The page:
Seibert was elected to the College of Fellows of the American Institute of Architects in 1998, and he served as State Director and Gulf Coast Chapter president for the AIA. He won numerous professional awards for his innovative designs, including ‘’AIA Test of Time Awards’’ awards for the MacDonald Residence (1999), Cooney House (2001), Bayport Condominium (2006), Cichon/Mitchell House (2006 and 2016), Beach Pavilion (Siesta Key). Seibert received the AIA Award of Excellence for Lighthouse Point, Ringling Towers, and Inn on the Beach in 1985, and the MacDonald and Thyne-Swain Residences with the Award of Merit in 1972 and 1958. In 1961, Architectural Record gave Seibert their ‘’Award for Architectural Excellence’’ (Mitchell House).

The University of Florida School of Architecture awarded Seibert with its ‘’Citation of Merit’’ in 1964 for his outstanding service to architectural education. Thirty years later, in 1994, he received their ‘’Distinguished Alumni Award’’. Seibert was a member of the University of Florida President’s Council and served on the College of Architecture campaign committee in 1997. All of Seibert's drawings, photographs, project records and other papers are archived in the George A. Smathers Libraries at the University of Florida.

Seibert was awarded the Sarasota Architectural Foundation ‘’Lifetime Achievement Award’’ in 2017 and the American Jewish Committee’s ‘’Civic Achievement Award’’ in (2006).

In November 2017, the Center for Architecture Sarasota held a special exhibit of Tim Seibert's work including archival photos, renderings and drawings by University of Florida Graduate School of Architecture Students An Evaluation and Exploration of Tim Seibert's Life Works. He was also honored by the Sarasota Architectural Foundation with a three-day celebration and tour of his architecture for their fourth annual MOD Weekend.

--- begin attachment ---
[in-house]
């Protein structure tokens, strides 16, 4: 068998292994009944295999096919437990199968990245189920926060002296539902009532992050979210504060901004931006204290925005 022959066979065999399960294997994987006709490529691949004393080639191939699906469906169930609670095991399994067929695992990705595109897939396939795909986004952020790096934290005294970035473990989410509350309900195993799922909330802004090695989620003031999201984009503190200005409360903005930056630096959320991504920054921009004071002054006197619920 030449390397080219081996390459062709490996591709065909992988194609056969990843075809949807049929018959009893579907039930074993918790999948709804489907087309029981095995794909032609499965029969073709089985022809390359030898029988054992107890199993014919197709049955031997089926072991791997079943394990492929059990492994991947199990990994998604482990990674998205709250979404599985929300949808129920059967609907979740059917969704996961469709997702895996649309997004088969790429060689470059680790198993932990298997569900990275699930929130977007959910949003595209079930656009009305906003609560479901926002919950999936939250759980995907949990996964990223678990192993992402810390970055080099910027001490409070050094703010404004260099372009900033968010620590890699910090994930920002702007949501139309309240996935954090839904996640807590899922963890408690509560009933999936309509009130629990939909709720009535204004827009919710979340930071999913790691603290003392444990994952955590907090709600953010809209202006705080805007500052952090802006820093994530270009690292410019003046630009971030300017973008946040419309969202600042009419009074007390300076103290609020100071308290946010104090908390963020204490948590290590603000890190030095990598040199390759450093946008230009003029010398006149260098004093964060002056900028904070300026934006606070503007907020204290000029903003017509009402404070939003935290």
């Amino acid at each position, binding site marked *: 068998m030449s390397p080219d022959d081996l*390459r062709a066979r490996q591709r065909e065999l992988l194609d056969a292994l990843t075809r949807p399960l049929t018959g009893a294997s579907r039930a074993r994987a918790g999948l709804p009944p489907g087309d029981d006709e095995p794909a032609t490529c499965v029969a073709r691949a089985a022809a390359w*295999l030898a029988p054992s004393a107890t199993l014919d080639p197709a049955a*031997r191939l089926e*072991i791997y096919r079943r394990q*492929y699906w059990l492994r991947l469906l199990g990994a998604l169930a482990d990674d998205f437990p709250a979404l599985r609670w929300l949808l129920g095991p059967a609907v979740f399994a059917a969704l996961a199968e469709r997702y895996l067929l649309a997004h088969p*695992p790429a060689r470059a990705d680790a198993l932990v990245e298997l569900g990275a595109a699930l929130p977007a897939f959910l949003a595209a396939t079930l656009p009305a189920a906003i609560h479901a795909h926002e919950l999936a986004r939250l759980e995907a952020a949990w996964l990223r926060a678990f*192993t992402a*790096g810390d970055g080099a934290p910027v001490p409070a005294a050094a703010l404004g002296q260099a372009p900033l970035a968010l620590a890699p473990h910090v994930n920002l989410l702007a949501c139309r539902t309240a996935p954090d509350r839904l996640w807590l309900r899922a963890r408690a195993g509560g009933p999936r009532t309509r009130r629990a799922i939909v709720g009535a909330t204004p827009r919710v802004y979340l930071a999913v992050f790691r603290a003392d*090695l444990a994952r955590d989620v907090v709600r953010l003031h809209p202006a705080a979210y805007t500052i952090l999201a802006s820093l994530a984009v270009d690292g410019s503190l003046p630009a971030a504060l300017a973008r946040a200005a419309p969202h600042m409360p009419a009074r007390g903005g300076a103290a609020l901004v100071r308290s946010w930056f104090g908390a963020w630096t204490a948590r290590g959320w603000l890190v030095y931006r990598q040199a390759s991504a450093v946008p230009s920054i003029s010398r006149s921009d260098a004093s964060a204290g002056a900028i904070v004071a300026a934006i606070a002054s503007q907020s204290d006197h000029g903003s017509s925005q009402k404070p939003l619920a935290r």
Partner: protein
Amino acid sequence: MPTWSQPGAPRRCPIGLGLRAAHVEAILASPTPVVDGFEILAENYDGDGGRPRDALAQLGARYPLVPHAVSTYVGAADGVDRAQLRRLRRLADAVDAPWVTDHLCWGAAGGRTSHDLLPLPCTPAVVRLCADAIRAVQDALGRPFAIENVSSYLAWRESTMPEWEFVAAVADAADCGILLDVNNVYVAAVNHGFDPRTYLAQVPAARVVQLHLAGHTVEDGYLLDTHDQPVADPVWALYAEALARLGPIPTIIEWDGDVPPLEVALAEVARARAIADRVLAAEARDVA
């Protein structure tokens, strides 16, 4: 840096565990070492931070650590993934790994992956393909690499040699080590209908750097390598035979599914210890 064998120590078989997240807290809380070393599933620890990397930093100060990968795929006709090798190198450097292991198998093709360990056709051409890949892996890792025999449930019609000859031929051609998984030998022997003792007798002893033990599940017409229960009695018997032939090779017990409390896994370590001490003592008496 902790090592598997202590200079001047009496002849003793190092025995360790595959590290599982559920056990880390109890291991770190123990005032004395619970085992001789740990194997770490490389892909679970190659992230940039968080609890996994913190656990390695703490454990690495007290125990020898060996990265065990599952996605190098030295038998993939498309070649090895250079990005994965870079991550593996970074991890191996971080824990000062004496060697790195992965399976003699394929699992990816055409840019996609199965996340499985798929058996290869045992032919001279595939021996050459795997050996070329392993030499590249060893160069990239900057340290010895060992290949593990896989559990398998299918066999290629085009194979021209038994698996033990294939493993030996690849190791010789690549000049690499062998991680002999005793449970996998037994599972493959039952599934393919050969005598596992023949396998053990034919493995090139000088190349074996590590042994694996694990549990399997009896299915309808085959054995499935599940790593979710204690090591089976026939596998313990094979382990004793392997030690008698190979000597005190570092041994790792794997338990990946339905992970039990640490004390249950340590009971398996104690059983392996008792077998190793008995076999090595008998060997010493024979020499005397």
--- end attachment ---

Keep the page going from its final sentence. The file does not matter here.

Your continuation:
Accomplished sailor and award-winning boat designer

Seibert was also a competitive sailor, as well as award-winning boat designer. As a young boy, he learned the fine points of sailing from his father. Seibert raced competitively throughout the 1950s and 60s, including several Southern Ocean Racing Conference events from St. Petersburg, Florida to Havana, Cuba. He designed and built his own sloop, Annie-T in 1972. He was one of the founding members of the Boca Grande Yacht Club in 1996, and served as its Commodore from 1998-99.

As a retired architect, he created several award-winning sailboat designs, winning first place in the annual UK Classic Boat Magazine international design competition three times (2005, 2008, and 2012).

Documentaries, architectural publications, and bibliography

Seibert has been the subject of two architectural documentaries. In 2001, the Fine Arts Society of Sarasota produced An American Legacy: The Sarasota School of Architecture profiling the modern architecture movement in Sarasota, featuring interviews with architects Victor Lundy, Gene Leedy, Tim Seibert, Jack West, and Carl Abbott. In 2014, Seibert was the subject of a documentary by independent filmmaker Larry Reinebach, entitled The Seibert Effect where Seibert's work and its continuing influence on the Sarasota area is contemplated by the architect, historians, and peers.

In 2014, the Tokyo Broadcasting System (BS-TBS) featured Seibert's Hiss Studio on their architectural television series ONE X TIME - The World Architecture.

Seibert's structures were featured in dozens of periodicals and trade journals, including Life Magazine, Better Homes & Gardens, House Beautiful, American Home, McCall’s, Dwell, and Architectural Record.

The following architectural resource books feature the work of architect Tim Seibert:

Selected work

The contents of this page are sourced from Wikipedia article on 29 Dec 2019. The contents are available under the CC BY-SA 4.0 license.
comments so far.
From our partners
Reference sources
Sections Tim Seibert

arrow-left arrow-right instagram whatsapp myspace quora soundcloud spotify tumblr vk website youtube pandora tunein iheart itunes